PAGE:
JERUSALEM – “My Name is Rachel Corrie,” a one-woman play based on the writings of the 23-year-old American pro-Palestinian protester who was killed by an Israeli army bulldozer in Gaza, is set to open for the first time in Jerusalem next week. But the opening won’t come without some of the same controversy that has surrounded the play, and Corrie’s legacy since her 2003 death.
On Monday, Hebrew-language media reported Jerusalem’s Deputy Mayor, David Hadari, was calling to halt funding for the theater where the play is being shown because "we should not be lending a hand to problematic plays that harm Jerusalem and the state of Israel in the name of art."
Calling Corrie “an Israel hater,” Hadari apparently urged the municipality not to continue with its $900,000 funding to the Khan Theater, where the play will be performed in Hebrew starting next week, the daily newspaper Haaretz reported.
On Tuesday, Jerusalem Mayor Nir Barkat appeared to contradict his deputy, saying, "the Municipality of Jerusalem does not censor content shown in any artistic performance and is proud to support freedom of expression and artistic independence of art and culture in Jerusalem." He confirmed that the city's finance committee would approve the Khan Theater's funding as planned.
“We expected to get this kind of response,” the local play’s director, Ari Remez, said Monday. “It’s a shame that this response is coming not from those who have seen the play but from those who think that putting on this play is anti-Israel or anti-Semitic.”
“In the theater we try to create a debate. Some of the ideas you agree with and others you might not agree with, but the goal is for people to come and listen,” said Remez, adding, “the play has more meaning in Hebrew and in front of an Israeli audience.”
The play has been shown previously in Israel, but only in Arabic.
“It’s a chance for people to rethink their lives and their actions,” said the director of the production, which is based on Corrie’s diaries and e-mails written in the days and weeks leading up to her death as she confronted an Israeli army bulldozer set to destroy a Palestinian home in Rafah, Gaza.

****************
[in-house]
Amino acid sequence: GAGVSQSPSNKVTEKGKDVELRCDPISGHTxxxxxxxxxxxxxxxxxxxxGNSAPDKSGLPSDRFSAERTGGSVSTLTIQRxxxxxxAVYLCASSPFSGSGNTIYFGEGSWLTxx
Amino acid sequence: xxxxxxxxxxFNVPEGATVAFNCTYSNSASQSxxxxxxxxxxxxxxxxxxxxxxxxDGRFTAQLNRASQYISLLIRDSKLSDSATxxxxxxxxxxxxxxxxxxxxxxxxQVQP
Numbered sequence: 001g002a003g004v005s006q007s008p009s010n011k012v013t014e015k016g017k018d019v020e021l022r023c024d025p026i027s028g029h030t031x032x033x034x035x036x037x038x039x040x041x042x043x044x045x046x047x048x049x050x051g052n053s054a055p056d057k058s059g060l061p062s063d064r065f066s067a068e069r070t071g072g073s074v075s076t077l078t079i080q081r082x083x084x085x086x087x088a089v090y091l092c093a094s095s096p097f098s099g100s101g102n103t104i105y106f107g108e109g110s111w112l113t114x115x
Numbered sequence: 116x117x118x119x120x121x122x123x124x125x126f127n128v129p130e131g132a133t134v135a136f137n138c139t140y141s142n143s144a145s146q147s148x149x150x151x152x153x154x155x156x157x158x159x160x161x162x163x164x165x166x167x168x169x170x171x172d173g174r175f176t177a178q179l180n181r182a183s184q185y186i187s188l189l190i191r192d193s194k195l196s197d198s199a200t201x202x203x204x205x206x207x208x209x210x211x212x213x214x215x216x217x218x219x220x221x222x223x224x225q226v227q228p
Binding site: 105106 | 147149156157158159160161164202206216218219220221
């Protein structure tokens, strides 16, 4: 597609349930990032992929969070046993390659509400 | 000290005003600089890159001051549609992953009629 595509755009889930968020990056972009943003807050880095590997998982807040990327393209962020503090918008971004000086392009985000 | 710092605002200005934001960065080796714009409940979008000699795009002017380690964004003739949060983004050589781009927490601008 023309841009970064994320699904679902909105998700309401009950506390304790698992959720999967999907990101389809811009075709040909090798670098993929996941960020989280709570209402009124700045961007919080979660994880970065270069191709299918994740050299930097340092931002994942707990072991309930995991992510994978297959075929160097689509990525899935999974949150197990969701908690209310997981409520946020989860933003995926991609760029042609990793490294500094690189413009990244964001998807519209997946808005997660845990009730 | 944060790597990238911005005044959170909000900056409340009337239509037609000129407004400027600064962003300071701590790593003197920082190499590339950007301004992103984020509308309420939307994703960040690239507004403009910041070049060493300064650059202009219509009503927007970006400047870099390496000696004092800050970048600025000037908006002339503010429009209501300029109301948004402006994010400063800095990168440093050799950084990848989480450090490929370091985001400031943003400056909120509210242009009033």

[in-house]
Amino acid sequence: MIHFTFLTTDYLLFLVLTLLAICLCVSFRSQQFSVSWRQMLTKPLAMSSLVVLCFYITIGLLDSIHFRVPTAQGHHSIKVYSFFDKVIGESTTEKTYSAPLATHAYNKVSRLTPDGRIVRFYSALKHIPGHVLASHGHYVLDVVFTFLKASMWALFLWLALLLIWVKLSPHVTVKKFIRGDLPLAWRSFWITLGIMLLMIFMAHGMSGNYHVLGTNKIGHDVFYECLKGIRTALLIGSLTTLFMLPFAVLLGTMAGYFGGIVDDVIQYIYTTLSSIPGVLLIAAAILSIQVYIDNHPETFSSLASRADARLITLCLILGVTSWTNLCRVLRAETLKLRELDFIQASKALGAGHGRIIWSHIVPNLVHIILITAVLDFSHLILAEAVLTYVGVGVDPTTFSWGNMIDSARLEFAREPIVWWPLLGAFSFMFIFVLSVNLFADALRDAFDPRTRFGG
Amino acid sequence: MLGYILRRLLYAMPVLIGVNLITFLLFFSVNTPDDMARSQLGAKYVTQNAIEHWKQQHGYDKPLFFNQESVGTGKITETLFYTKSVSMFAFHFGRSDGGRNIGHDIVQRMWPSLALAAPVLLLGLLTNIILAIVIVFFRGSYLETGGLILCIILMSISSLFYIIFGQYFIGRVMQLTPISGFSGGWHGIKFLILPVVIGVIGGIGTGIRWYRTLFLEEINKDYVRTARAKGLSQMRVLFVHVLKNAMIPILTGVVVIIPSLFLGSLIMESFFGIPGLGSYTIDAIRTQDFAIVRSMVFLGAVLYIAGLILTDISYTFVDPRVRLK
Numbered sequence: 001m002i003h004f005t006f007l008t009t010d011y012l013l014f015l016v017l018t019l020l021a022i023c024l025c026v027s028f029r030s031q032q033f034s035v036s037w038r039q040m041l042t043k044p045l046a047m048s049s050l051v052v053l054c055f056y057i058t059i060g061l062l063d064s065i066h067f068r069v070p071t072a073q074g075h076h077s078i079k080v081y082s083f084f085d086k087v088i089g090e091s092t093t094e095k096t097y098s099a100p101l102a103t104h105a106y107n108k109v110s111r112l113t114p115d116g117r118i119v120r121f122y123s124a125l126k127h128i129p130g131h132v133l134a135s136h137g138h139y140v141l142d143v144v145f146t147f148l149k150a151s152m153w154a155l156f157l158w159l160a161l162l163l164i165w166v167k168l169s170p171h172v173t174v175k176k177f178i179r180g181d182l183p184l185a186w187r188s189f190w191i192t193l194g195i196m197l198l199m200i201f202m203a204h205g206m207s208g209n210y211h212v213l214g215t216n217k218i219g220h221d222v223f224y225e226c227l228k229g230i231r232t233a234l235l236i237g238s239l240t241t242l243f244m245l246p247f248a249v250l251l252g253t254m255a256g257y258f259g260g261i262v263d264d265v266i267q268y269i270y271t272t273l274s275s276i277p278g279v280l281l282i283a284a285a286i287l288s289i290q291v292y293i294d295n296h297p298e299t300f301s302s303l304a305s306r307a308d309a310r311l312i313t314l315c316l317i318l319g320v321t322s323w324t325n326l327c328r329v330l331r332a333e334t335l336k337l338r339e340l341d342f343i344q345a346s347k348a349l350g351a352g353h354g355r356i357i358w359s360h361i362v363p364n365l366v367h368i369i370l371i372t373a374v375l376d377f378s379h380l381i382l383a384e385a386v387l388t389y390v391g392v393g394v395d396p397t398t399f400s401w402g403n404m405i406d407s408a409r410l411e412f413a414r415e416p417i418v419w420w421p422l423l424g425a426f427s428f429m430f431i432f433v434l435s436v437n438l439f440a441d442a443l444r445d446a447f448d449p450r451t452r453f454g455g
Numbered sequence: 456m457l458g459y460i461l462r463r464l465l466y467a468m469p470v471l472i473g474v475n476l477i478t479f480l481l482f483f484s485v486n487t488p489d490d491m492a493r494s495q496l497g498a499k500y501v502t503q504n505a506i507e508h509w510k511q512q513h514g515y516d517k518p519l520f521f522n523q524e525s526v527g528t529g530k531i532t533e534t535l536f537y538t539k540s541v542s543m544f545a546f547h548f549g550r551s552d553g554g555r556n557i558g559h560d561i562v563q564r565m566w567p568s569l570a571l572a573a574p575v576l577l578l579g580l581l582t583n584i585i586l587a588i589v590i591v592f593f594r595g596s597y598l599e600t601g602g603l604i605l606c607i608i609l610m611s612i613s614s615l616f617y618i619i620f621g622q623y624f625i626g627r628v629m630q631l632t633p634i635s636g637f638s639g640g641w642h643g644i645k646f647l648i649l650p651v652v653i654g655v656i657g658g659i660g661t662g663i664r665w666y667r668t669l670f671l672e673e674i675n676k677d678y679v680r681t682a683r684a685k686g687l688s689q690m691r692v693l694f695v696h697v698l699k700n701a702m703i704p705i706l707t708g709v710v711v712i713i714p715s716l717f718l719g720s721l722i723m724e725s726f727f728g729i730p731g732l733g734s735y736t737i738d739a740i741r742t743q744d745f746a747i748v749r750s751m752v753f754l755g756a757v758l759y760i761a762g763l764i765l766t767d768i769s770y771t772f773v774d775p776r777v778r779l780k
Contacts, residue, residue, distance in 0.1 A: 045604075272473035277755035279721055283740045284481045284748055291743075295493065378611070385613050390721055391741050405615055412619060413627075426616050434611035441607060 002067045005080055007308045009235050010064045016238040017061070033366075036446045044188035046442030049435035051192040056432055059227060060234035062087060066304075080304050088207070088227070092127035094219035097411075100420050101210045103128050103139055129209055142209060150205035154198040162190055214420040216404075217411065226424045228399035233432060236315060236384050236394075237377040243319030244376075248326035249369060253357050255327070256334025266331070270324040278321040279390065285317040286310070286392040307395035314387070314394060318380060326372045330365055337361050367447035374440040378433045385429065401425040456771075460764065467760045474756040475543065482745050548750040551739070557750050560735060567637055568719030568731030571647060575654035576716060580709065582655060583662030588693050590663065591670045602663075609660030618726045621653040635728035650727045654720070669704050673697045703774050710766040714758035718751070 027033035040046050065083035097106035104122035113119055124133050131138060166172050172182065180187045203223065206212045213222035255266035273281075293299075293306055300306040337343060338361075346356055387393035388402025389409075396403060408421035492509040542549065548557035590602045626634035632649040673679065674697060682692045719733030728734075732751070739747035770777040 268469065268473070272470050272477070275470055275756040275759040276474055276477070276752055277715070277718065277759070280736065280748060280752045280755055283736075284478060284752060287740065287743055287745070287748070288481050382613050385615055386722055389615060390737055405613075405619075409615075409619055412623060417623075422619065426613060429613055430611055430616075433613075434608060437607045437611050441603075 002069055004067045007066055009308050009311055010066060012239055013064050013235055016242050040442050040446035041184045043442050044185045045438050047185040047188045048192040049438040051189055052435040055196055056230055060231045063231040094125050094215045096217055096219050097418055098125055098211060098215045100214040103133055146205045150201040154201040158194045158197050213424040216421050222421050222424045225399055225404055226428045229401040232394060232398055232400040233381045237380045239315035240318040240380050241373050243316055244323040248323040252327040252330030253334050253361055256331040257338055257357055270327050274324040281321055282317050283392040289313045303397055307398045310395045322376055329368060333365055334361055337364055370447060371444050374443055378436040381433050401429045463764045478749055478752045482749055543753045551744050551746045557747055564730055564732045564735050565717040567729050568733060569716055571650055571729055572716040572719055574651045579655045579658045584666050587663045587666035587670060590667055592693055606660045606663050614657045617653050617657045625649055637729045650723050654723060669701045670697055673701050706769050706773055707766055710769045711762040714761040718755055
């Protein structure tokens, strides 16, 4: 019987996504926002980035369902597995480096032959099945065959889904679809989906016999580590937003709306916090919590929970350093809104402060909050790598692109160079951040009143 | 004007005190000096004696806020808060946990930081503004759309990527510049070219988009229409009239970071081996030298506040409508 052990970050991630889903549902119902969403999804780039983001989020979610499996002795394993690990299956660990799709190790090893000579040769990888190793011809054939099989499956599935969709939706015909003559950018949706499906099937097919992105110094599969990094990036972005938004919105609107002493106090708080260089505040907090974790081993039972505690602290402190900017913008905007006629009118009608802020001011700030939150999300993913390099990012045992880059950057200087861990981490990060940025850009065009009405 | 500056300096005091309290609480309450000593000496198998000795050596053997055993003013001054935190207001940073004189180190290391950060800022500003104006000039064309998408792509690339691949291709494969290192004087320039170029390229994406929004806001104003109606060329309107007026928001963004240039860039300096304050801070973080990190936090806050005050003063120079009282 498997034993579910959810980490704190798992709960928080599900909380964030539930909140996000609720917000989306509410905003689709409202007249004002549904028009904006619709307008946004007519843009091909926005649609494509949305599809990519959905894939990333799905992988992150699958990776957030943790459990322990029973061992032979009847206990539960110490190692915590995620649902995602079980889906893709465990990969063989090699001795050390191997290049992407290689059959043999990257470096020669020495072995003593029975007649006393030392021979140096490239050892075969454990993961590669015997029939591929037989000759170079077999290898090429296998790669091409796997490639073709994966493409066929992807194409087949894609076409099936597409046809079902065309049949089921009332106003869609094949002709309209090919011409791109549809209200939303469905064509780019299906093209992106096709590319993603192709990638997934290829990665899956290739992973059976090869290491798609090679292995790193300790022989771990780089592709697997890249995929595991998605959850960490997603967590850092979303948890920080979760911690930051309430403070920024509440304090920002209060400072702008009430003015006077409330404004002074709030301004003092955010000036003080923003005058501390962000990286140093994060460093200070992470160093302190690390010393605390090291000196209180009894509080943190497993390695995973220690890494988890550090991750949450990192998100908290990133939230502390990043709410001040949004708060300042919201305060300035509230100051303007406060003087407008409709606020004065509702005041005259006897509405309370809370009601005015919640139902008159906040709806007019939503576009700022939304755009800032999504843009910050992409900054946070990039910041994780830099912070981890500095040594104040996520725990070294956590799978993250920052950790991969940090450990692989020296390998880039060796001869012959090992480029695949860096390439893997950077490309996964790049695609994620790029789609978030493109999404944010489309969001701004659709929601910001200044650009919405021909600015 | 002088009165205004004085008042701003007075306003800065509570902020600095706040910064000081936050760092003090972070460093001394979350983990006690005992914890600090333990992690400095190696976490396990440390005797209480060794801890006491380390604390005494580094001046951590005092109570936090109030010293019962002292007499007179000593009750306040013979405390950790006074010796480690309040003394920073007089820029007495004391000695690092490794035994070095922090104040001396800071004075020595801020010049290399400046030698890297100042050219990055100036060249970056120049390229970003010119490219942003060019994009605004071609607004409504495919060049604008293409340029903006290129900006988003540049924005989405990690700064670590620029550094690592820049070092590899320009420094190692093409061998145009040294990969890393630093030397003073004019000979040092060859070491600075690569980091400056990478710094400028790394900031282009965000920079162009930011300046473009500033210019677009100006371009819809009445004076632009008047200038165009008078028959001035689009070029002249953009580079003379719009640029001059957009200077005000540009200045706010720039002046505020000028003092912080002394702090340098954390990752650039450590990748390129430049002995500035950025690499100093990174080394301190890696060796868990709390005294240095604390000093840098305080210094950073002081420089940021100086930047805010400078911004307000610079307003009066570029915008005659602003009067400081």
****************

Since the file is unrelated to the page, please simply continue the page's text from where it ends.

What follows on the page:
The play, which was edited by British actor Alan Rickman and journalist Katherine Viner, first opened in London in 2005. It received praise, but also criticism for what was seen as an anti-Israel bias. A year later, the play’s U.S. premier was marred by controversy as the off-Broadway theater originally set to host the performance backed out, claiming the content was too political. Later it opened at the Minetta Lane Theater.
In the Hebrew version, first performed in March at a theater festival in Jaffa, Remez said the show not only sold out, but also received positive reviews and an honorable mention.
“It was not only an audience of activists, although they were there. It was a really mixed audience and we received a good response from people of all political views,” he said.
Remez said that Sivan Kertzner, the Israeli actress who plays Corrie, had the original idea to confront Israeli audiences with the show and its message. “It was her idea to do it. When I asked her ‘Why do you want to do this?’ she said that ‘It was important for these things to be said to Israelis and that it was time for people here to listen to them.’”
Last summer, an Israeli High Court of Justice ruled that Corrie’s death was an unfortunate accident. Corrie’s family maintains she was killed intentionally, and has said it intends to appeal the court’s ruling.